A few weeks ago, Hubspot made a post about why clients fire PR agencies. Lots of the reasons you thought would be on a list like that showed up:
* Lack of communication
* Lack of results
* Lack of initiative
I get it. Agencies suck sometimes. But you know what, sometimes clients suck, too.
Yeah, I said it. Hey, I didn’t say MY clients suck. Quite the contrary. I couldn’t be luckier to work with the clients I work with right now. It’s a solid bunch (including my Sleep Number clients who have been working with me for almost six years now!). I’m very fortunate.
But the slamming of PR agencies and consultants has got a little tiresome. Not so much because it’s not true (a lot of it is true, to be honest). More so because there hasn’t been a fair-and-balanced discussion. What about clients? Aren’t they equally as difficult to work with in spots?
Look, I’m not hear to slam clients. Again, quite the contrary. I’m here to provide ideas and open up a discussion about how we can work better together. So, here are a few ideas for clients around how they can make a client/consultant partnership work just a bit better:
Put yourself in our shoes
One of the advantages I “sell” clients in working with me is this: I’ve been in your shoes. I worked on the corporate side for years, so I know the pressures clients face. Political pressures. Heat from their boss. Heat from the CEO. Legal breathing down their throat. I understand. I would ask clients to take a moment and put themselves in our shoes for a bit. Stop and think about what our day is like. Juggling competing client deadlines. Managing client (and agency) expectations. Working with internal teams to meet those deadlines. I know, we all have pressures and stress. But, I think putting yourself in the other person’s shoes can be quite healthy once in a while.
Treat us like an employee
Stop laughing–just for a moment. I’m serious here. What’s the one thing all clients/agencies say at the outset of a relationship? We want a true partnership. If that’s true, and you really believe that, why not think of your consultants as employees? As an extension of your team. Obviously, you can’t REALLY treat them like employees, but you can THINK of them the same way. Why does that matter? Because you motivate employees differently. You treat them differently. You give them a different level of respect.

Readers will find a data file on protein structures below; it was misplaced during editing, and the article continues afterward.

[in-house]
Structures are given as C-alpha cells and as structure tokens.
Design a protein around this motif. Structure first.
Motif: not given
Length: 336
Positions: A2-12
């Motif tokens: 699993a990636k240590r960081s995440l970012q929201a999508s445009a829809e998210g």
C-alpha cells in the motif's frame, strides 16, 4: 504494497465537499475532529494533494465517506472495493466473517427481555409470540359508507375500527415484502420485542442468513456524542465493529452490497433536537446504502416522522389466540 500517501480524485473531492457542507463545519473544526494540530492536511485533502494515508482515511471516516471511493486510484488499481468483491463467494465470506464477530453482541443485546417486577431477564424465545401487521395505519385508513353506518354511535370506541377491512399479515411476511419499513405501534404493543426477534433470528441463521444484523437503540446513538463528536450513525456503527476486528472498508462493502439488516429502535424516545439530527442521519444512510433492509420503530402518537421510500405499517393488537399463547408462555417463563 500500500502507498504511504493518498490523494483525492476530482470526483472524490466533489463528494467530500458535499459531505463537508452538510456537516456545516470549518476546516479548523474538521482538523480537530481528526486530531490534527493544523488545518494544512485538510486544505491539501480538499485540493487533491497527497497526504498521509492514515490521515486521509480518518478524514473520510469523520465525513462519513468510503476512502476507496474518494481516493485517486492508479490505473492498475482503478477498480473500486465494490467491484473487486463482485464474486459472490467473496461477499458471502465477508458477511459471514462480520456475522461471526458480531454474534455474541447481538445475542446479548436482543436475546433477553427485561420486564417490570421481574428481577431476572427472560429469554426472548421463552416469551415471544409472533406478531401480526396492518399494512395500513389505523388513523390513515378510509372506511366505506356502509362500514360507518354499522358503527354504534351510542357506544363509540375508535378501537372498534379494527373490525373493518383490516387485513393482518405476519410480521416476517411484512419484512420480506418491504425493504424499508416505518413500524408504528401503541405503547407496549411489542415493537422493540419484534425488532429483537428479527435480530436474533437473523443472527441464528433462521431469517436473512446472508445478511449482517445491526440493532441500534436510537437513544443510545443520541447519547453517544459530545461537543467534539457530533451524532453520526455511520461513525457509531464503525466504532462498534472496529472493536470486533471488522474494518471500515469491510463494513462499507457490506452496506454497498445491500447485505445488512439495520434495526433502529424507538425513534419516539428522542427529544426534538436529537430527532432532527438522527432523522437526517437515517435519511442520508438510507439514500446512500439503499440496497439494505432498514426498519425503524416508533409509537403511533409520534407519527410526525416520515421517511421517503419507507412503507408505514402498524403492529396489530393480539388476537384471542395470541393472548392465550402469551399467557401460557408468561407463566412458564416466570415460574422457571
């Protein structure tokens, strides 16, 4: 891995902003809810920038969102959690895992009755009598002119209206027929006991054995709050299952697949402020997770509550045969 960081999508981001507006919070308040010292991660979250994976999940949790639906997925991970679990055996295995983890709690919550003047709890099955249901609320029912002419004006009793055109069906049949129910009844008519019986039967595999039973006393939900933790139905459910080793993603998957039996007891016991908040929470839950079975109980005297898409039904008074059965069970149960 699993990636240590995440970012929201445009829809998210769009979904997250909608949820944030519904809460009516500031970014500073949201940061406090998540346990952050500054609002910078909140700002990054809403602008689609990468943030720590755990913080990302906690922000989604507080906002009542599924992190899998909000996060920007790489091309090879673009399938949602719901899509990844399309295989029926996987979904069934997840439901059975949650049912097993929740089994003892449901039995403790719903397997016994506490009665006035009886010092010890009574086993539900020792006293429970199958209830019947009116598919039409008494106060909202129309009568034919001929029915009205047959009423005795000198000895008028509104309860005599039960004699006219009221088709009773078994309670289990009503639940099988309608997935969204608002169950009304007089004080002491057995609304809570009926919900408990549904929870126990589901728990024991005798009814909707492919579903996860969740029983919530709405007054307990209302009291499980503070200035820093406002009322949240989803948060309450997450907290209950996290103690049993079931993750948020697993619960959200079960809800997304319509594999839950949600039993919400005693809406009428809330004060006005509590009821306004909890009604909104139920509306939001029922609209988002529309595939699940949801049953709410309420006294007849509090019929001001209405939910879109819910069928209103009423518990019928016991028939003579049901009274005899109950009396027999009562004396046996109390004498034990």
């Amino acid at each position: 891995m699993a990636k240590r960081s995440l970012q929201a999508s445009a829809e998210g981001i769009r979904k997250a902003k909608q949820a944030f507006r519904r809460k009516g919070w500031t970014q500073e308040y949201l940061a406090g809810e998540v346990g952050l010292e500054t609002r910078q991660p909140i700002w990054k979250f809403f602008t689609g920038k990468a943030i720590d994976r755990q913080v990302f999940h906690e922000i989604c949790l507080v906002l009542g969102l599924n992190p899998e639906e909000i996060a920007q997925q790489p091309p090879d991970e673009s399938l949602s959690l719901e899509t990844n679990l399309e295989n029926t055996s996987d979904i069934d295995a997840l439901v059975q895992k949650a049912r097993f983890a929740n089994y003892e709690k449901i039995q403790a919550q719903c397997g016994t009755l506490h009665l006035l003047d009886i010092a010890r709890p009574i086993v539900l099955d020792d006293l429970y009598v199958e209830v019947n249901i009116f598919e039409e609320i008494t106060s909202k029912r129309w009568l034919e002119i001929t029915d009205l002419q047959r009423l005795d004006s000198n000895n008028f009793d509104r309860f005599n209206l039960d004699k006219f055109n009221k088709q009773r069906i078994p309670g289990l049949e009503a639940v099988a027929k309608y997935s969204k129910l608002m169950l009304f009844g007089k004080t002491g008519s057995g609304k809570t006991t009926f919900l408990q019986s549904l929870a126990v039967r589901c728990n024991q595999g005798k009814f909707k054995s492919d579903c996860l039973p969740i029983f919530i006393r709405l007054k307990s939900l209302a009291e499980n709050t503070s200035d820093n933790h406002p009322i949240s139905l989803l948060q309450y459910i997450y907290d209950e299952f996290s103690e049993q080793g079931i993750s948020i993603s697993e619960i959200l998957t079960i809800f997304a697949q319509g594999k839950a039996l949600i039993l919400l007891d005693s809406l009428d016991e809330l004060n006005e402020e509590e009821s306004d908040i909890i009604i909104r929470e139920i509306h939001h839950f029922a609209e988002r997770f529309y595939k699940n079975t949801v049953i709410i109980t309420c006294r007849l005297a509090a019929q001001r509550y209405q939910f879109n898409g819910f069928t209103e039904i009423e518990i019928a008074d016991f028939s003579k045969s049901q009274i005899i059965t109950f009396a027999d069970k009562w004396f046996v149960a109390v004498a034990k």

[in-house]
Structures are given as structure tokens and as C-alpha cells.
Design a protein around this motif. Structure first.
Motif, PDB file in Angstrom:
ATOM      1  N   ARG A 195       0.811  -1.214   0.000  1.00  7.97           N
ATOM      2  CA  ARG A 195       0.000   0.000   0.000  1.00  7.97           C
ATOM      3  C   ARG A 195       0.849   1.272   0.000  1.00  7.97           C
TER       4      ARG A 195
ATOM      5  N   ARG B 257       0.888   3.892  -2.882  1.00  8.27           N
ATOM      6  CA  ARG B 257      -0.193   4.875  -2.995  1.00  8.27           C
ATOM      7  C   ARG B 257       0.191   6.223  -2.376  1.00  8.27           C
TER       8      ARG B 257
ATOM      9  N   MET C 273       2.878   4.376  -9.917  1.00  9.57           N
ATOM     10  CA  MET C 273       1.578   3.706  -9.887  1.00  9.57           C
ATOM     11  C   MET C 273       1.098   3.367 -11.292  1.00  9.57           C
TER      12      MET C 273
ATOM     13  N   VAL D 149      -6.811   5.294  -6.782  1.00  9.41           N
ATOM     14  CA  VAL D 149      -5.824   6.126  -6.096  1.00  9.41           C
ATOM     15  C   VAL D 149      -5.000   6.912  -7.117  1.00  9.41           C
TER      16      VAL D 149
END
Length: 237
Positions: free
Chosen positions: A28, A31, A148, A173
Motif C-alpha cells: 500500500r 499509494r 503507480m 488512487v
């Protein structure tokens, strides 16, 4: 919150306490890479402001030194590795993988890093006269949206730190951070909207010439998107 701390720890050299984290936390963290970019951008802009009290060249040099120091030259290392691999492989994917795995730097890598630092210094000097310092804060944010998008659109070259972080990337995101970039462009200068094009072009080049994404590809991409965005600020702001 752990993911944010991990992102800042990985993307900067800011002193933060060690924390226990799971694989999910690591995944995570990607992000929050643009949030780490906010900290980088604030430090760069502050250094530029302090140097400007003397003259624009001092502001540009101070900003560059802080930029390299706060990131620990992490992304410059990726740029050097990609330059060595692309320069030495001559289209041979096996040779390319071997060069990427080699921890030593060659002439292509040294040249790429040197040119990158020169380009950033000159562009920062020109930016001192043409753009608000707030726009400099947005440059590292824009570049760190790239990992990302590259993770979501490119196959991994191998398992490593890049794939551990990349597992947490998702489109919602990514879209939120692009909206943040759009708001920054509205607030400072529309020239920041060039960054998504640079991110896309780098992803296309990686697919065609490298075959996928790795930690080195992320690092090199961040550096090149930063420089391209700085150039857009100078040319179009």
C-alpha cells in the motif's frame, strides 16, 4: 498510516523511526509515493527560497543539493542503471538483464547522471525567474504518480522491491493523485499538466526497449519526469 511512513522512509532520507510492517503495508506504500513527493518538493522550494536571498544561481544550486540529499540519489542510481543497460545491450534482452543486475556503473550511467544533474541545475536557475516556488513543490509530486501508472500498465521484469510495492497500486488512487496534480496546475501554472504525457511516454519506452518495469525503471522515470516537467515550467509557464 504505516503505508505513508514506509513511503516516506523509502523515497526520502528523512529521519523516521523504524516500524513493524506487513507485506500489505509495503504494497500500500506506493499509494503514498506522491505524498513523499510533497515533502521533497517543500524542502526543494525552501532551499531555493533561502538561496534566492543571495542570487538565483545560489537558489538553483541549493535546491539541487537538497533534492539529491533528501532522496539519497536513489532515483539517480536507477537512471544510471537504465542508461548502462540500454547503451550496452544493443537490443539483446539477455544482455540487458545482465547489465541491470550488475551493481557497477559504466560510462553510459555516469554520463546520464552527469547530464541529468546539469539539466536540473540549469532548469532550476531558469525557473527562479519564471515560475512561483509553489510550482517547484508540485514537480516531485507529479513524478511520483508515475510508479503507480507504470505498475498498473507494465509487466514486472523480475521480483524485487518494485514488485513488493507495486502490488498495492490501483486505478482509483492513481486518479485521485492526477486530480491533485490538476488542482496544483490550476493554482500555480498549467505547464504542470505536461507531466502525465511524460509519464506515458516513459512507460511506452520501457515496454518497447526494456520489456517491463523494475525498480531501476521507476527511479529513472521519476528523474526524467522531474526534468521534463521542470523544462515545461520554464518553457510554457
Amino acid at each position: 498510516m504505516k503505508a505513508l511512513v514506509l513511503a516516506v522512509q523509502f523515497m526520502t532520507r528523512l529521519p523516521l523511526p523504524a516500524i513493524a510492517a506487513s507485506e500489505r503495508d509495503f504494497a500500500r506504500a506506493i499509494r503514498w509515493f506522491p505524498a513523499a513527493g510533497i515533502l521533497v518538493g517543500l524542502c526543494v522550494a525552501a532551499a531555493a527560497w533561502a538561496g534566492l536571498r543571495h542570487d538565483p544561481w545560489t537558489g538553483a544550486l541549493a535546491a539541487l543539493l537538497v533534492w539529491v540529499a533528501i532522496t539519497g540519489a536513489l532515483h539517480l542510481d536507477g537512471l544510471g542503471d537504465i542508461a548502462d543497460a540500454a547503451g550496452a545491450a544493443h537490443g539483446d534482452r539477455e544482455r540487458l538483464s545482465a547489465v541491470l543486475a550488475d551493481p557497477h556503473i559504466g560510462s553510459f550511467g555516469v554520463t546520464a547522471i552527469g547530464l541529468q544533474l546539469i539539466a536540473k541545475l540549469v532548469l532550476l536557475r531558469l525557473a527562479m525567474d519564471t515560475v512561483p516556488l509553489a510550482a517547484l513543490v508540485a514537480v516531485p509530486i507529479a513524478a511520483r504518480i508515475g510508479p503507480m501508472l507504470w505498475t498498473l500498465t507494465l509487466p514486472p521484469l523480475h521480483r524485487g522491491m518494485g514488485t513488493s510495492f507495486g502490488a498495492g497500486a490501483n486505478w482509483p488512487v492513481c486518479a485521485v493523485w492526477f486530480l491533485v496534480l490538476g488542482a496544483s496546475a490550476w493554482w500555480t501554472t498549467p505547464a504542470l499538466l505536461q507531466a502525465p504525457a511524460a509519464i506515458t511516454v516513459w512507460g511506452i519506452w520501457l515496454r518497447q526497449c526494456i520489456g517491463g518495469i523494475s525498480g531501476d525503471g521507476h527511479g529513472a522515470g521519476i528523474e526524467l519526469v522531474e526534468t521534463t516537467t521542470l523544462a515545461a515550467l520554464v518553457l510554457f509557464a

Recognize when we go the extra mile (or 10)
Agency folks are well-known for recognizing clients when they earn and see success. They’ll send flowers, chocolates, lunches. You name it. But, they do it. Every time (OK, not EVERY time, but I’m making a point here!). Sure, it’s usually an attempt to kiss up a bit and make the client feel good about the work together. But, it’s also just recognizing good work from a partner (the client). Why doesn’t the same principal apply the other way around? Why can’t clients recognize when agencies/consultants go the extra mile? Why don’t they extend the same gratitude? In fact, sometimes they do. And you often hear about it (often via social media–I think back to instances where I’ve heard about Todd Defren and SHIFT being rewarded by their clients). Why can’t that happen more often?
Resist the urge to “feel the power”
One thing I’ve noticed about certain clients over the years: They like the power play of being the client. Certain people just like having that “power.” They like being able to hold an agency’s/client’s life in their hands. They like being in control. They like being the boss. That’s all fine. Except for this small fact: Every city is really just a small town (yes, even New York City). Translation: You may end up working for that agency account supervisor you’re berating on the phone each week . Be careful how you wield that power now–it may come back to bite you in the you-know-where some day in the not-so-distant future. Besides, that kind of approach isn’t healthy for a true partnership anyway.
photo credit: having an argument with myself via photopin (license)
That’s my two cents. Got anything to add agency/consultant friends?